The velocipede 10 is driven by rear wheel 16 which has a first set of sprockets 80 on one side for moving the velocipede 10 forward and a second set of sprockets 81 on the opposite side for reversing direction of the velocipede. The sprockets 80 and 81 are connected by chains 82 and 83, respectively, to a pair of driving sprockets 84 and 85 which are supported on an inverted V-shaped stanchion 87 above the base frame 11. The inverted V-shaped stanchion 87 has a first tube 88 which extends from the second brace 27 to a bearing which supports the sprockets 84 and 85, and a second tube 89 which extends rearwardly to the bottom of steering column support 52. Between the tubes 88 and 89 is a cross-brace 90, which cross-brace is supported by a pair of curved vertical braces 91 and 92 that are welded to the side rails 20 and 21. Accordingly, a rigid structure is provided for supporting the driving sprockets 84 and 85. The driving sprockets 84 and 85 are driven by a pair of pedals 94 and 95 connected thereto by crank arms 96 and 97, respectively, so that the sprockets 84 and 85 are driven in a manner similar to the conventional bicycle. The chains 82 and 83 are passed under a first set of idler sprockets 100 and a second set of idler sprockets 101 so as to pass beneath the seat 36.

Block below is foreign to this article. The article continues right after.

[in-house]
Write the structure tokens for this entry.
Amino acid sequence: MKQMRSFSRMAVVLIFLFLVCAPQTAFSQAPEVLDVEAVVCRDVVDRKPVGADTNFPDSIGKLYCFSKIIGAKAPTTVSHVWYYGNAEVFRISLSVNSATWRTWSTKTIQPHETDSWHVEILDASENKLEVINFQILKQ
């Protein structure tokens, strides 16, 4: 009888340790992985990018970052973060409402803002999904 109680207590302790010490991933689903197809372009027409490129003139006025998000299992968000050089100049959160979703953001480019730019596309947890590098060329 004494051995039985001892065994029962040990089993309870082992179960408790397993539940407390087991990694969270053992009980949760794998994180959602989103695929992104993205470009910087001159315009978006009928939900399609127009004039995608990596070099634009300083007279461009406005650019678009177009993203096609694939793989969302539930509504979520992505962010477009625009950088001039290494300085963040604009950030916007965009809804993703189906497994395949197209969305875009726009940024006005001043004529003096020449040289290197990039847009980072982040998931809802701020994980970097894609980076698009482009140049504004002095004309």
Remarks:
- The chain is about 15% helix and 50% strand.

As can be seen from FIG. 7, the wheel 16 is driven in one direction by the gear set 80 to move the velocipede forward, and a identical set of gears to 80, are mounted on the left to move the velocipede backwards. Each gear set is coupled to the hub of the rear wheel 16 by a ratchet which idles in one direction of rotation and engages the sprocket in the other direction of rotation. The reverse gears 81 are simply mounted in the reverse direction, so that while the velocipede 10 is being propelled forward, the reverse gears idle because the ratchet does not engage, and while the velocipede is being pedalled backwards the forward gears 80 idle because the ratchet does not engage with the forward gears. In this way the velocipede 10 has the flexibility of going in both directions which is an advantage with a tricycle but of no necessary advantage with a bicycle, since it is difficult for most people to pedal a bicycle backwards without falling from the bicycle.